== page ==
The Senate passed legislation to delay a mandated 2% Medicare cut through the end of the year. Action is expected in the House when it returns from a scheduled recess next week. If Congress fails to act, the 2% cut would be effective on April 1.

The CAP has urged Congress to stop the Medicare cut from hitting pathology services.

CMS Begins Recovery of COVID-19 Accelerated and Advance Payments on March 30

On March 30, the Centers for Medicare & Medicaid Services (CMS) began to recover any outstanding balance from Medicare providers who requested and received COVID-19 accelerated and advance payments, depending on the one year anniversary of when the provider received their first payment. The CMS will show the recoupment on the remittance advices issued for Medicare Part A and B claims the agency processes after the one-year anniversary of issuing the first payment. The recoupment will appear as an adjustment in the Provider-Level Balance (PLB) section of the remittance advice.

The Coronavirus Aid, Relief, and Economic Security (CARES) Act and the CMS expanded the accelerated and advance payment program for Medicare participating physicians and other providers to ensure they have resources needed to combat COVID-19. On April 26, 2020, the CMS announced that it suspended its advance payment program. According to the CMS, this decision was reached in part because Congress appropriated $175 billion for health care provider relief payments.

For more information, view the CMS’ Fact Sheet: Repayment Terms for Accelerated and Advance Payments Issued to Providers and Suppliers During COVID-19 Emergency. See “Accelerated and Advance Payment Repayment & Recovery Frequently Asked Questions” for more information, especially if the repayment timeframe presents a hardship for you. The CMS expects to alert providers and suppliers as any additional information becomes available. If you have questions, your Medicare Administrative Contractor may have more information. Find their website at For more:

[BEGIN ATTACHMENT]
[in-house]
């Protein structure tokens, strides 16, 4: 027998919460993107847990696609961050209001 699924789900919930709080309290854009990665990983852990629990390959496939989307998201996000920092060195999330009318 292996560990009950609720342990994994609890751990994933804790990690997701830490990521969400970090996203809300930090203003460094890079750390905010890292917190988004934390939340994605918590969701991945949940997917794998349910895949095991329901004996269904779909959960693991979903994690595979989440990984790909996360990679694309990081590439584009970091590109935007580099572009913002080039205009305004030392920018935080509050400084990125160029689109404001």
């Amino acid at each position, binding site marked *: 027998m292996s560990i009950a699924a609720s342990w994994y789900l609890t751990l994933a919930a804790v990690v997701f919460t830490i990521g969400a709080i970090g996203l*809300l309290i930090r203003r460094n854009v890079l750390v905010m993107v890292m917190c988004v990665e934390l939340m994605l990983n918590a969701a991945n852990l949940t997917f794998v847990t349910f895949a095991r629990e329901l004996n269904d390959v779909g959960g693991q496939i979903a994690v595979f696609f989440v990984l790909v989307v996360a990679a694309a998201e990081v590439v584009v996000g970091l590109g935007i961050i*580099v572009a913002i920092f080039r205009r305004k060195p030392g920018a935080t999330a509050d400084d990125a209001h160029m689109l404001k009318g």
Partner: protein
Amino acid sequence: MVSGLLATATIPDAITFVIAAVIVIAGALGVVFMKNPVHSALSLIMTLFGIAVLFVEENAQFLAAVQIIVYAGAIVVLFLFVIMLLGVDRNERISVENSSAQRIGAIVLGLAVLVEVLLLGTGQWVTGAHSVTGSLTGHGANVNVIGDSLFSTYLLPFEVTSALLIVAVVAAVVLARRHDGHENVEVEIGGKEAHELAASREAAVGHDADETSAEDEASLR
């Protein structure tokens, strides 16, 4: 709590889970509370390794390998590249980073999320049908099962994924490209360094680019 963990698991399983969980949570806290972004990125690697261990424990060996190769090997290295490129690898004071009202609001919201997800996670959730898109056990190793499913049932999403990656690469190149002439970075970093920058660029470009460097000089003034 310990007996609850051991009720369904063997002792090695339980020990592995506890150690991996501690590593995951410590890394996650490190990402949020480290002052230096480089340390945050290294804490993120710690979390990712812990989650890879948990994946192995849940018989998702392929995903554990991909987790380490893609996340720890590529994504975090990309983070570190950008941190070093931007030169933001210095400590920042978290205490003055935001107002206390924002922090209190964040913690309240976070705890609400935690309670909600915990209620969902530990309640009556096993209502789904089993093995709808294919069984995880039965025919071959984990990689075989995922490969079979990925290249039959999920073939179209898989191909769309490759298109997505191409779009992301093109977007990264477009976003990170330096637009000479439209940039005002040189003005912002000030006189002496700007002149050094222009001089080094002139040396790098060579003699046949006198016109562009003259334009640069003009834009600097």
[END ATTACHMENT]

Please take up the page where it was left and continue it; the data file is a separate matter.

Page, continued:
CAP Urges Clarification in Cures Act Regulations with Medicare Technology Office

On April 1, the CAP met with the Office of the National Coordinator for Health Information Technology (ONC) chief clinical and chief medical officers to discuss implementation challenges regarding the new Cures Act information blocking and interoperability regulations. CAP Council of Government and Professional Affairs (CGPA) Chair Jonathan Myles, MD, FCAP; and CGPA Vice-Chair Joe Saad, MD, FCAP; and Pathology Electronic Reporting (PERT) Committee Chair Mary Elizabeth Edgerton, MD, PhD, FCAP; Informatics Committee Chair James Harrison, MD, FCAP, and Vice-Chair Alexis Carter, MD, FCAP asked for further clarification regarding the new regulations and outlined the potential harms to patients, burdens on pathologists, and laboratories.

During the meeting, the CAP acknowledged that providing patients with direct access to their pathology reports may have some advantages. However, challenges and potential safety issues exist for patients with the current regulation requiring immediate release to a patient portal of finalized pathologist and laboratory results. Only case-by-case exceptions are allowed; no blanket exceptions are allowed. When implementing this particular regulation, the CAP advocated that the ONC should consider a broader ability for pathologists and ordering physicians to make exceptions to the immediate release requirement.

The CAP does not think that ONC intends for patients to receive uncoordinated or confusing information. The CAP urged ONC to consider allowing a delay for the opportunity for involved clinicians to create an integrated response before patient communication. The CAP did clarify that this may not be the case for all diagnostic test results, but rather, for more complex diagnostic tests, which could be misconstrued without proper context. Those tests that require patient counseling should be allowed to have a blanket delay of release.

The CAP updated its fact sheet summarizing key provisions and answering pathologists’ questions on regulation regarding sharing test results with patients that is set to take effect on April 5.

Download the CAP’s fact sheet on the regulations

In November 2020, the Department of Health and Human Services (HHS) pushed back the deadline for the regulations, which include information blocking, citing implementation concerns during the coronavirus pandemic. The rules will change how many physicians, including pathologists, pass along and receive electronic health information.

New Month, New Advocacy News Quiz

It's April and that means a new Advocacy News Quiz. Last month, over 90 pathologists took the quiz. See how you compare against your fellow CAP members’ in the April News Quiz and brag about your top scores on social!